How to Sell Yourself to Potential Employers

by Lauren Treadwell on 17 February 2014 0 comments

You customize your resume and cover letter to fit each application and provide thorough explanations of how your unique set of qualifications make you the ideal candidate for the job. But could you be doing more to sell yourself to potential employers? Even if you're an experienced job-seeker, you can benefit from learning a few new ways to convince a company that you're the one they're looking for. (See also: Long-Distance Job Hunting Tips)

1. Use the Right Keywords

Having the right language in your job hunting materials ensures that both human and automated resume reviewers know you have what they're looking for.

To come up with your keywords, first, think about the phrases employers would use to find a candidate for the position. Next, review the job posting to determine the skills and knowledge the employer is looking for. Finally, think about attributes you possess that set you apart from other candidates. These can be certifications, specialized education, or uncommon or highly-desirable skills. Sprinkle these terms throughout your resume and cover letter and be sure to emphasize the most relevant experience and education. (See also: Words You Should Delete From Your Resume)

Using keywords is especially important on LinkedIn and other networking sites to draw employers to your profile and let them know exactly what you have to offer. In addition to having including them in the Skills, Interest and Experience sections, the headline that appears in search results and on the top of your page can benefit from keywords as well. "Banking customer service representative" provides a basic concept of yourself, but "Financial customer care professional with proven sales experience" provides recruiters with a descriptive yet concise depiction of your expertise.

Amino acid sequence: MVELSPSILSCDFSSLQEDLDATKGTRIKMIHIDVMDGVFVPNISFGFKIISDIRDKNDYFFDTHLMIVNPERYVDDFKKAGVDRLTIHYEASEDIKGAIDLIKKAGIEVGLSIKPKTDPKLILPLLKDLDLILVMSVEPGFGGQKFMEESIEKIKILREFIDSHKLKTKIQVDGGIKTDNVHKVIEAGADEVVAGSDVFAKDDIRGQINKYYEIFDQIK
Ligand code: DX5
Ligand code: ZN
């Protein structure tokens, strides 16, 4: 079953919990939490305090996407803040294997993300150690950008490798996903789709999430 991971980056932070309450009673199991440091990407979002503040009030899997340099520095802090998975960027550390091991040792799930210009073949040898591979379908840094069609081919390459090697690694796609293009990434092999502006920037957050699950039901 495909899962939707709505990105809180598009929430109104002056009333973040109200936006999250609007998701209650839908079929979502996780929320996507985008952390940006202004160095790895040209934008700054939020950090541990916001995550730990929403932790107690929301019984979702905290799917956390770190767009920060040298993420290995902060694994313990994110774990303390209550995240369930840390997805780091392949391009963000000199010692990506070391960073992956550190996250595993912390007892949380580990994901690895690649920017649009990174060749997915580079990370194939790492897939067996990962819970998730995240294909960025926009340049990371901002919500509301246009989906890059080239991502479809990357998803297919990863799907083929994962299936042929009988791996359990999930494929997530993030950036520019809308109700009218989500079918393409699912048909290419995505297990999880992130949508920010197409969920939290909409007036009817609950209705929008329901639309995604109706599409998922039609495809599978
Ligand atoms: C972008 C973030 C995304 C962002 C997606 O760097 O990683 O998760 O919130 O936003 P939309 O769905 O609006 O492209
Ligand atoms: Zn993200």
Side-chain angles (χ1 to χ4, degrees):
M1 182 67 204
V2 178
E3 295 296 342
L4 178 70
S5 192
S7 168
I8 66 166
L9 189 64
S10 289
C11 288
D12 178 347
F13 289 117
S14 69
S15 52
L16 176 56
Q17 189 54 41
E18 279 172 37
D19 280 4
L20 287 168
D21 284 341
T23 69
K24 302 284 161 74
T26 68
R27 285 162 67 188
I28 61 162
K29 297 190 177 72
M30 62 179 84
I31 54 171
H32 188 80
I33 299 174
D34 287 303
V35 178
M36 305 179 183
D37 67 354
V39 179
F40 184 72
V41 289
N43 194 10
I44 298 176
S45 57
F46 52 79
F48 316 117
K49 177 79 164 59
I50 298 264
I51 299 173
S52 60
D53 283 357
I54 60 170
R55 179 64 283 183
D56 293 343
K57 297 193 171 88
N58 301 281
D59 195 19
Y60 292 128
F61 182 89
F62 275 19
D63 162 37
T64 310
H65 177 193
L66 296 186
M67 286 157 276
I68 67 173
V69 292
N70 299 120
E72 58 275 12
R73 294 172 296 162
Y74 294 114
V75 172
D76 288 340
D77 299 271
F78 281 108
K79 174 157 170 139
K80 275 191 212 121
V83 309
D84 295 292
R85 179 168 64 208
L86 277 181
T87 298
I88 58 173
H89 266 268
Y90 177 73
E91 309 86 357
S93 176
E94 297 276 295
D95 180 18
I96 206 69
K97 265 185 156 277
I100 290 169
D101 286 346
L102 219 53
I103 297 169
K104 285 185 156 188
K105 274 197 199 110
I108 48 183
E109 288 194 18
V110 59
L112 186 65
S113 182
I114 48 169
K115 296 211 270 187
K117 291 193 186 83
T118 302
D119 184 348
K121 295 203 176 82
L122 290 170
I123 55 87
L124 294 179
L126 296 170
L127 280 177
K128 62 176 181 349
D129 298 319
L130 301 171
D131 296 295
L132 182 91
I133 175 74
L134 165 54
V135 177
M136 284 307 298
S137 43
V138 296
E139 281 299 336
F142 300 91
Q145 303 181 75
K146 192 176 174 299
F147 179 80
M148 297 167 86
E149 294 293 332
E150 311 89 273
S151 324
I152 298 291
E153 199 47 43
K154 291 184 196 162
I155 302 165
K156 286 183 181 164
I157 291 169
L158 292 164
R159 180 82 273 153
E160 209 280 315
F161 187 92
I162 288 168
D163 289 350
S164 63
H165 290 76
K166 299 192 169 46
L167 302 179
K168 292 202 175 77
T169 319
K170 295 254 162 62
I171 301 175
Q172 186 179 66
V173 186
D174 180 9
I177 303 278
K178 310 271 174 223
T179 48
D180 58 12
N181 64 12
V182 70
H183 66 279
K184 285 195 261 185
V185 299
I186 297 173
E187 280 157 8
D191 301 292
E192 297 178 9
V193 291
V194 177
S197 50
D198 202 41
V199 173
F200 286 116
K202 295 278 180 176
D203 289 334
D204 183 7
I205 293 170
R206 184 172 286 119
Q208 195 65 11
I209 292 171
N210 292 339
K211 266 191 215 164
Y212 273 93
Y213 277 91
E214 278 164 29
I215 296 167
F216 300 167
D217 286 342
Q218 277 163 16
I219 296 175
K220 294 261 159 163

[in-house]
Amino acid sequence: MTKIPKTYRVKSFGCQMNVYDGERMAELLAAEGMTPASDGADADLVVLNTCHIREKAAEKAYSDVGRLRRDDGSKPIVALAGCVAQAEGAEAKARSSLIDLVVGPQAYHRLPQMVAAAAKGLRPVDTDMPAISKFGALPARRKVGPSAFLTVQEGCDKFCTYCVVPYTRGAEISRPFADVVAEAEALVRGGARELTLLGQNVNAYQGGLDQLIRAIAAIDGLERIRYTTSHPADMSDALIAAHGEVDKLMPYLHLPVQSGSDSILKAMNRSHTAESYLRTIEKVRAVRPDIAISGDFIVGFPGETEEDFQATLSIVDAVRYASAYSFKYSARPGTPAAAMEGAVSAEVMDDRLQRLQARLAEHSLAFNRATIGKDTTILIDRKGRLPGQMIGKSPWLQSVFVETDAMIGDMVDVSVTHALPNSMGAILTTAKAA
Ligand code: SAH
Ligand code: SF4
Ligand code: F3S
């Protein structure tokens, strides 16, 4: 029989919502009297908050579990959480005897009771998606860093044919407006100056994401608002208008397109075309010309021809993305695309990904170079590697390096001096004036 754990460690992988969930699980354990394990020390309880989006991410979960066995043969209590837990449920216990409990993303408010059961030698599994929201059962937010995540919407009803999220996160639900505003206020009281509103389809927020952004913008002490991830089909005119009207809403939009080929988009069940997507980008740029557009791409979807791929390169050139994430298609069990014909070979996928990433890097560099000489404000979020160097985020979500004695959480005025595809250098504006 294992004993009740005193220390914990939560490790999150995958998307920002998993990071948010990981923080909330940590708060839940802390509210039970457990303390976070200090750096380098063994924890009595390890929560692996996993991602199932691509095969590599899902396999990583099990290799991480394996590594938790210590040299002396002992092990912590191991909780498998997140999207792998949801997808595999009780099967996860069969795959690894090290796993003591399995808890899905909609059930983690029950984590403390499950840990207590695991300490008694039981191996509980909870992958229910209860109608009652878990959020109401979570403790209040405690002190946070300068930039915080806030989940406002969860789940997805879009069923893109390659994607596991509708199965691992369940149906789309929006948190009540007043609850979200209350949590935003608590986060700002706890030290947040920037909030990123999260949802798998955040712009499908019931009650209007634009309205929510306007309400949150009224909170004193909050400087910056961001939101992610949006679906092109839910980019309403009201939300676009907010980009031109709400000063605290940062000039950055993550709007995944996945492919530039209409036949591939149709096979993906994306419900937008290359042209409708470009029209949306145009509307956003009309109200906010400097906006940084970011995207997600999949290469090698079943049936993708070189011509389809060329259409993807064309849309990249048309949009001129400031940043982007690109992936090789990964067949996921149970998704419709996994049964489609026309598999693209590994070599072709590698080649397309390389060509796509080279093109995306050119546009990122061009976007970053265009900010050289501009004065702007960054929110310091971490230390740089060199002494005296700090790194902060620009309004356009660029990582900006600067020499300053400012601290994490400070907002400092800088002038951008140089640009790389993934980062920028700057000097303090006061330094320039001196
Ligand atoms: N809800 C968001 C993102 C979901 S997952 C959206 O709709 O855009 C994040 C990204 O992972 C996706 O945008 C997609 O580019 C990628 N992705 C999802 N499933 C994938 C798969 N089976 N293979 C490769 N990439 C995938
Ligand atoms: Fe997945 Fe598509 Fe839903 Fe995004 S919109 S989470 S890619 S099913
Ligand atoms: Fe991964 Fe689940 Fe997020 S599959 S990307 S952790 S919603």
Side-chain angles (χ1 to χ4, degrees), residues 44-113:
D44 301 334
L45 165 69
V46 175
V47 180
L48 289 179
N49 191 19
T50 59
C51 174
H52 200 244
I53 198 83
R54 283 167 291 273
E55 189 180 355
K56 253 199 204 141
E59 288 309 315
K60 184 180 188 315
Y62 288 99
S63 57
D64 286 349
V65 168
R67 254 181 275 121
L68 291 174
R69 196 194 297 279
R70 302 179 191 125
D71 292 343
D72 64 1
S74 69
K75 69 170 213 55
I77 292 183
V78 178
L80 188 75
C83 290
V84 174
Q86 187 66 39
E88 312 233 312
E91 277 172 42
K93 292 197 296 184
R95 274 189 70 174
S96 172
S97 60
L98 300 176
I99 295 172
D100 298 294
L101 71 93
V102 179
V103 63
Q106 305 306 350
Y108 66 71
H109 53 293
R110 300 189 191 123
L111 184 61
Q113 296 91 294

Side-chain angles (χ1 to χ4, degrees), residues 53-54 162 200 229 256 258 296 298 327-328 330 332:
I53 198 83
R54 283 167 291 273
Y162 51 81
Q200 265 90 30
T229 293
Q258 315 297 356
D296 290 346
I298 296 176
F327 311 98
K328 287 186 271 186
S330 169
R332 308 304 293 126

2. Ask the Right Questions

Instead of requesting information about salary and vacation time, or worse, having no questions at all, make employers take notice by proposing topics that show you're serious about the job. In addition to questions that show your interest in the everyday goings on of a job, ask about the long- and short-term goals and plans for the position, department, and company. Ask questions about any recent industry news and how it will affect the business. You should also inquire about any issues with the position that the company wants to solve. Finally, ask the interviewer if he or she has any reservations or questions about your suitability for the job. This last one is important, because you may not have another chance to offer an explanation and alleviate their misgivings. (See also: 13 Ways to Make a Good Impression at Your Job Interview)

3. Explain How You've Contributed

When considering a candidate, one of the most important questions employers have is, "How is this person going to contribute to the bottom line?"